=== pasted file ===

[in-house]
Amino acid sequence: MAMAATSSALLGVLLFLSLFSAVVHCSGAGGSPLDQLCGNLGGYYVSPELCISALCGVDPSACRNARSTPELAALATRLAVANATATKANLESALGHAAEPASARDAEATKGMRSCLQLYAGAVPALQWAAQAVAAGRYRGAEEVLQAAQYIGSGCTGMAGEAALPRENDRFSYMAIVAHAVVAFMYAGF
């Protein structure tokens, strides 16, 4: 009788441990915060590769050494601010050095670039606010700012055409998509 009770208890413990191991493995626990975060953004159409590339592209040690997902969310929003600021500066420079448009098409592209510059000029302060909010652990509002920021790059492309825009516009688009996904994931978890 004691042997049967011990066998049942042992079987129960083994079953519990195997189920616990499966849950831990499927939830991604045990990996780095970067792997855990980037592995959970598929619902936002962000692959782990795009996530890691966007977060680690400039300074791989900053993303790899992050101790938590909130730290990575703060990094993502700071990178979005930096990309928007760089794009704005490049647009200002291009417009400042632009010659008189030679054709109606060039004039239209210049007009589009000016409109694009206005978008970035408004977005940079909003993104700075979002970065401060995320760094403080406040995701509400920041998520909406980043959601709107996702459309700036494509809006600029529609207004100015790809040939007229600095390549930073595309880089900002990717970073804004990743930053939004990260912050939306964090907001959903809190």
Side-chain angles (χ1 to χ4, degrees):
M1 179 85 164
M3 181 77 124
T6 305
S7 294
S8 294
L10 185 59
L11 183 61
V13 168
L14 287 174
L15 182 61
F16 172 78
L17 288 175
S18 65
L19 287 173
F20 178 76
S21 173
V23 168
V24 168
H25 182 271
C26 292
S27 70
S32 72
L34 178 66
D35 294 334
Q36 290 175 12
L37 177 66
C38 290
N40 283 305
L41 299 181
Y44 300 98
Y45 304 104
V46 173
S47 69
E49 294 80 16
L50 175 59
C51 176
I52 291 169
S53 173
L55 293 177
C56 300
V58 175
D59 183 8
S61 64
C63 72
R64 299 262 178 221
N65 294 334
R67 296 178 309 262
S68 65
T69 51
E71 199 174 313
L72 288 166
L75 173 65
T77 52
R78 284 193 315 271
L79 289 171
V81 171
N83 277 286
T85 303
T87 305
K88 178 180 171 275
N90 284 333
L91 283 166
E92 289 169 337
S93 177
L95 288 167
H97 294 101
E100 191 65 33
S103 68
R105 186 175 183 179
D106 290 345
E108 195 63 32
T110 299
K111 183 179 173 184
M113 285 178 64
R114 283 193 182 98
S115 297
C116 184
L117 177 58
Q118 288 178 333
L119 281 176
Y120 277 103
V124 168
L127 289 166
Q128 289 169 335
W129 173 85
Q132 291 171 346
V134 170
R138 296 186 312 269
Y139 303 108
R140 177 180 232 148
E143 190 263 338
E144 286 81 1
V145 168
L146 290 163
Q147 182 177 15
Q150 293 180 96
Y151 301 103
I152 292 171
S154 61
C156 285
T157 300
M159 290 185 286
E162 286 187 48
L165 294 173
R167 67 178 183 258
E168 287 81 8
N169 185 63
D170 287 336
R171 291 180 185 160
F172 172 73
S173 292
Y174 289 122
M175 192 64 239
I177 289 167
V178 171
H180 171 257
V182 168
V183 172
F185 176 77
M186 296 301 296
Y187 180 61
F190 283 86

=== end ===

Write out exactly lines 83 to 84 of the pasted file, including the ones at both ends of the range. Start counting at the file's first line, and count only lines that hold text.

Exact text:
Q118 288 178 333
L119 281 176